PARIS (AP) — A priest was killed Monday in a small town in western France allegedly by a Rwandan man he had housed who was already under investigation for setting a fire to the Cathedral of Nantes a year ago, France’s interior minister said.
Interior Minister Gerard Darmanin spoke after meeting with officials and religious leaders in Saint-Laurent-sur-Sevre in the Vendee region. He confirmed press reports that the suspect in the killing was a Rwandan man who allegedly set fire in July 2020 to the gothic cathedral where he worked as a volunteer. He had been refused political asylum in France after living in the country since 2012.
After the killing, the suspect “testified (to gendarmes) that he killed the priest.” Darmanin said.
Catholic officials identified the slain priest as Olivier Maire, 61, head of the Community of Montfort, missionary order active in western France and numerous countries. The regional bishop, Francois Jacolin, called Maire a “man of the heart.”
“He and his community were victims of their generosity,” he said on French TV, standing in front of the old stone community home.
The prosecutor’s office handling the case said the suspect, Emmanuel Abayisenga, handed over the keys to the community’s car he drove and the keys to the room where he was staying. He said gendarmes should “put him in prison.” Maire’s body was then found in the room.
The prosecutor’s statement said the Montfort community home took in Abayisenga after judicial authorities investigating the fire allowed him to leave prison May 31 under judicial control. He was then hospitalized for psychiatric exams until July 29, when he returned to the order.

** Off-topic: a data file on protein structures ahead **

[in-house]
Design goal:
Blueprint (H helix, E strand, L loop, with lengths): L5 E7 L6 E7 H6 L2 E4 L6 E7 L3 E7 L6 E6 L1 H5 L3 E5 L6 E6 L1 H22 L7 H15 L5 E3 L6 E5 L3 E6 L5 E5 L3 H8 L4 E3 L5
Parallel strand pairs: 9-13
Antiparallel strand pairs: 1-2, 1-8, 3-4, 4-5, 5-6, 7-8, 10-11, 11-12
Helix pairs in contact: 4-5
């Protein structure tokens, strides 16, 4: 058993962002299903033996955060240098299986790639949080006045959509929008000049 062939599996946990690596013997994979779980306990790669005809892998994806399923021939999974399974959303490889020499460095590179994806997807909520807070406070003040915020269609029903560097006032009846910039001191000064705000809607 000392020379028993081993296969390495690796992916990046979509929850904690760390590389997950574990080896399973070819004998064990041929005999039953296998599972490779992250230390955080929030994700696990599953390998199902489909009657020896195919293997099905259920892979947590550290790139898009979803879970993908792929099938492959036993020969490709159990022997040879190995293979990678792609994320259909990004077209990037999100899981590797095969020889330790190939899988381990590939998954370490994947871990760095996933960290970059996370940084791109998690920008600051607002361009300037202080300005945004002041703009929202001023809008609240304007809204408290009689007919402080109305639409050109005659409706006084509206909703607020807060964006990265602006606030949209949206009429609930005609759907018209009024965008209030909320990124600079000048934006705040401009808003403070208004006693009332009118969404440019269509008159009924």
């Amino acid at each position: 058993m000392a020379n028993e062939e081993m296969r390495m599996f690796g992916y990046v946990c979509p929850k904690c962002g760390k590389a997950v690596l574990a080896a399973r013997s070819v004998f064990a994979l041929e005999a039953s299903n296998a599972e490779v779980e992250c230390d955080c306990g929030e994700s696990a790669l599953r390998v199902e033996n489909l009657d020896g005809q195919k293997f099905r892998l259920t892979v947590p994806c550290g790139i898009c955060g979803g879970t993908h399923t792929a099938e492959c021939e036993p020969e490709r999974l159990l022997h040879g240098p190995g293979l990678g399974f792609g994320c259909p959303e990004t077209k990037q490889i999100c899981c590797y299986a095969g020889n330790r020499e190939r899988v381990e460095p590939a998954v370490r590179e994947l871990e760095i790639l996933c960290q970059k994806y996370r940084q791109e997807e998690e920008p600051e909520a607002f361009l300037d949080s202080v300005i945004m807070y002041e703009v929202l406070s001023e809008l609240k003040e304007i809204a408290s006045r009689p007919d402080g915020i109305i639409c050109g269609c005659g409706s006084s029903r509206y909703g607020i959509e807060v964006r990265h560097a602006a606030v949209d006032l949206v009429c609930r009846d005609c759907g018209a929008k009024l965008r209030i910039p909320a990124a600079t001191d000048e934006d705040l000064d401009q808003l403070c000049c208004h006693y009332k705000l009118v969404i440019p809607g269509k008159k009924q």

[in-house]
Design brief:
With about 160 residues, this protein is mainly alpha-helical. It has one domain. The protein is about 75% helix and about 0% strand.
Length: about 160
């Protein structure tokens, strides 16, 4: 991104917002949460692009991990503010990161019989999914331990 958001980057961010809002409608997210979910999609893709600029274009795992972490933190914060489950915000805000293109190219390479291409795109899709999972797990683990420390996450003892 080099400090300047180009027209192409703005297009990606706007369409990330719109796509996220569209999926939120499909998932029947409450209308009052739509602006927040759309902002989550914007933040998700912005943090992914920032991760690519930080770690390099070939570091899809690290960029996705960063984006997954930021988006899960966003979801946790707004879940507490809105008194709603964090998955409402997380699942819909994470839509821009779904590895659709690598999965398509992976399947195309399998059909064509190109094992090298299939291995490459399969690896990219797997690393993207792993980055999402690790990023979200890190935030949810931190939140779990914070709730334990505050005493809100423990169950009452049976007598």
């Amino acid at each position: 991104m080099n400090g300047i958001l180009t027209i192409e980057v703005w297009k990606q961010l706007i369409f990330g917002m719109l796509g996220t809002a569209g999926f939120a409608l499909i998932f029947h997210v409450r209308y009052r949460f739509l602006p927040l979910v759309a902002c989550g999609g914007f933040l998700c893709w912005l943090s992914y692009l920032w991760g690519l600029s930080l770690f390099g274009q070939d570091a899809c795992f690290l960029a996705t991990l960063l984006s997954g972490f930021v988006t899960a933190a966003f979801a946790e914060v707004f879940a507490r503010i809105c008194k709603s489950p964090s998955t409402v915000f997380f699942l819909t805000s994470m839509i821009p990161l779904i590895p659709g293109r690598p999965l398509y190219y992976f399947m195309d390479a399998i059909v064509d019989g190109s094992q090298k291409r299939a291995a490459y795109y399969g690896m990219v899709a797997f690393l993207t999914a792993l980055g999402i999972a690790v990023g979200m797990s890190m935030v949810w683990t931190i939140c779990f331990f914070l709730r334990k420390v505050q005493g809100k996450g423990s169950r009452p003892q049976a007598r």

Right-wing politicans, including far-right leader Marine Le Pen, denounced the government for allowing a Rwandan man already under investigation in a dramatic church fire to be out of jail and still living in France despite expulsion orders.
Darmanin, who has a reputation as being tough on immigration, said critics’ remarks were incorrect because the suspect was under a court order not to leave France.
“The charity, the spirit of welcome, that governed the (Catholic) church … (but) ended in a drama is a point of honor that we must salute,” he said.
The suspect had admitted that he had set three fires in the cathedral that he had been tasked with locking up.
The head of the religious community of Montfort, Santino Brambilla, speaking on BFMTV, said he was not angry at the suspect even after Maire was killed.
“This is a human drama, but the suffering is great,” Brambilla said.
There was no immediate indication that the slaying was linked to terrorism, and the interior minister said the suspect was not on any watch list.
In 2016, the Rev. Jacques Hamel was slain as he said Mass in his church in Saint-Etienne-du-Rouvray, outside Rouen. The Islamic State group claimed responsibility for that slaying.
Last October, a sacristan and two faithful were knifed to death inside the basilica in Nice, an attack attributed to an Islamist extremist.